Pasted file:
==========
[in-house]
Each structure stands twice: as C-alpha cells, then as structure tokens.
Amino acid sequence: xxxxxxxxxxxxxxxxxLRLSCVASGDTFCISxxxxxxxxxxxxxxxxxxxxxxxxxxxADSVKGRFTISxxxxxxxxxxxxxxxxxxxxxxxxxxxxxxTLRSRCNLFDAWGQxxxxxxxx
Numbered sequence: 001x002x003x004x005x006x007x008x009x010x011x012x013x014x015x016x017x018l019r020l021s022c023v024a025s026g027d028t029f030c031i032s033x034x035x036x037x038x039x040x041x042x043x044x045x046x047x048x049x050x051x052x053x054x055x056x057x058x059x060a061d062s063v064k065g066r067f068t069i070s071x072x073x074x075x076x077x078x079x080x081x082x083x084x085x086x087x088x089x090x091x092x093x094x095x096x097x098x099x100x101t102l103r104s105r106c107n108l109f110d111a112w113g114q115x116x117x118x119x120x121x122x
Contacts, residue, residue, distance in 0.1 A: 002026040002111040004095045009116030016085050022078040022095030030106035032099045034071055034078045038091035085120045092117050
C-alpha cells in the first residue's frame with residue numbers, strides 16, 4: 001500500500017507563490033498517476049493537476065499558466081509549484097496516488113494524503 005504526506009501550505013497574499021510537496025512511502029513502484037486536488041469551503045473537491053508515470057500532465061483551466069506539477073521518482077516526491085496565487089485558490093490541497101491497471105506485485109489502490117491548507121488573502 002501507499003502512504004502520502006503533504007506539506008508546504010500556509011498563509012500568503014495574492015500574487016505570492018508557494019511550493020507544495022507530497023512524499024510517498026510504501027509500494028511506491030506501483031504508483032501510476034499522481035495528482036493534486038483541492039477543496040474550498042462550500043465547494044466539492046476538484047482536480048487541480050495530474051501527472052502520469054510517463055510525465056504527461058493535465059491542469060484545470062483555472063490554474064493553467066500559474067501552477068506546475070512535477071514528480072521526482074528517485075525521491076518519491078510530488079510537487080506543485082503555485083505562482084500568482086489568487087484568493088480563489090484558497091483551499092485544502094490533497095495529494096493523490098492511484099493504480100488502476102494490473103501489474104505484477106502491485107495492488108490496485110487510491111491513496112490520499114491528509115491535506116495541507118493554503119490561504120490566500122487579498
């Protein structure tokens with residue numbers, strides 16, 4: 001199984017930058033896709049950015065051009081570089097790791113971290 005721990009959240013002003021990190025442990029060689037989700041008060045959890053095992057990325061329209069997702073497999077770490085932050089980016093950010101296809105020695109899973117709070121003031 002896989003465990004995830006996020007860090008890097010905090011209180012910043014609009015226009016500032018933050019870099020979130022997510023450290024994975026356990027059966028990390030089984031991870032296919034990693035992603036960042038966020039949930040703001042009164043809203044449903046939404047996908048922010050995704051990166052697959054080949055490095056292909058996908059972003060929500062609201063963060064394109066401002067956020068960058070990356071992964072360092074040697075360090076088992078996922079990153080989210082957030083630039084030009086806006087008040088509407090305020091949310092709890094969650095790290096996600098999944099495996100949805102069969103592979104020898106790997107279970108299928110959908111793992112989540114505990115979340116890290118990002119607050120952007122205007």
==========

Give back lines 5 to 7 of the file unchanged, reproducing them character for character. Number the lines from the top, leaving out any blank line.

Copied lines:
Contacts, residue, residue, distance in 0.1 A: 002026040002111040004095045009116030016085050022078040022095030030106035032099045034071055034078045038091035085120045092117050
C-alpha cells in the first residue's frame with residue numbers, strides 16, 4: 001500500500017507563490033498517476049493537476065499558466081509549484097496516488113494524503 005504526506009501550505013497574499021510537496025512511502029513502484037486536488041469551503045473537491053508515470057500532465061483551466069506539477073521518482077516526491085496565487089485558490093490541497101491497471105506485485109489502490117491548507121488573502 002501507499003502512504004502520502006503533504007506539506008508546504010500556509011498563509012500568503014495574492015500574487016505570492018508557494019511550493020507544495022507530497023512524499024510517498026510504501027509500494028511506491030506501483031504508483032501510476034499522481035495528482036493534486038483541492039477543496040474550498042462550500043465547494044466539492046476538484047482536480048487541480050495530474051501527472052502520469054510517463055510525465056504527461058493535465059491542469060484545470062483555472063490554474064493553467066500559474067501552477068506546475070512535477071514528480072521526482074528517485075525521491076518519491078510530488079510537487080506543485082503555485083505562482084500568482086489568487087484568493088480563489090484558497091483551499092485544502094490533497095495529494096493523490098492511484099493504480100488502476102494490473103501489474104505484477106502491485107495492488108490496485110487510491111491513496112490520499114491528509115491535506116495541507118493554503119490561504120490566500122487579498
């Protein structure tokens with residue numbers, strides 16, 4: 001199984017930058033896709049950015065051009081570089097790791113971290 005721990009959240013002003021990190025442990029060689037989700041008060045959890053095992057990325061329209069997702073497999077770490085932050089980016093950010101296809105020695109899973117709070121003031 002896989003465990004995830006996020007860090008890097010905090011209180012910043014609009015226009016500032018933050019870099020979130022997510023450290024994975026356990027059966028990390030089984031991870032296919034990693035992603036960042038966020039949930040703001042009164043809203044449903046939404047996908048922010050995704051990166052697959054080949055490095056292909058996908059972003060929500062609201063963060064394109066401002067956020068960058070990356071992964072360092074040697075360090076088992078996922079990153080989210082957030083630039084030009086806006087008040088509407090305020091949310092709890094969650095790290096996600098999944099495996100949805102069969103592979104020898106790997107279970108299928110959908111793992112989540114505990115979340116890290118990002119607050120952007122205007």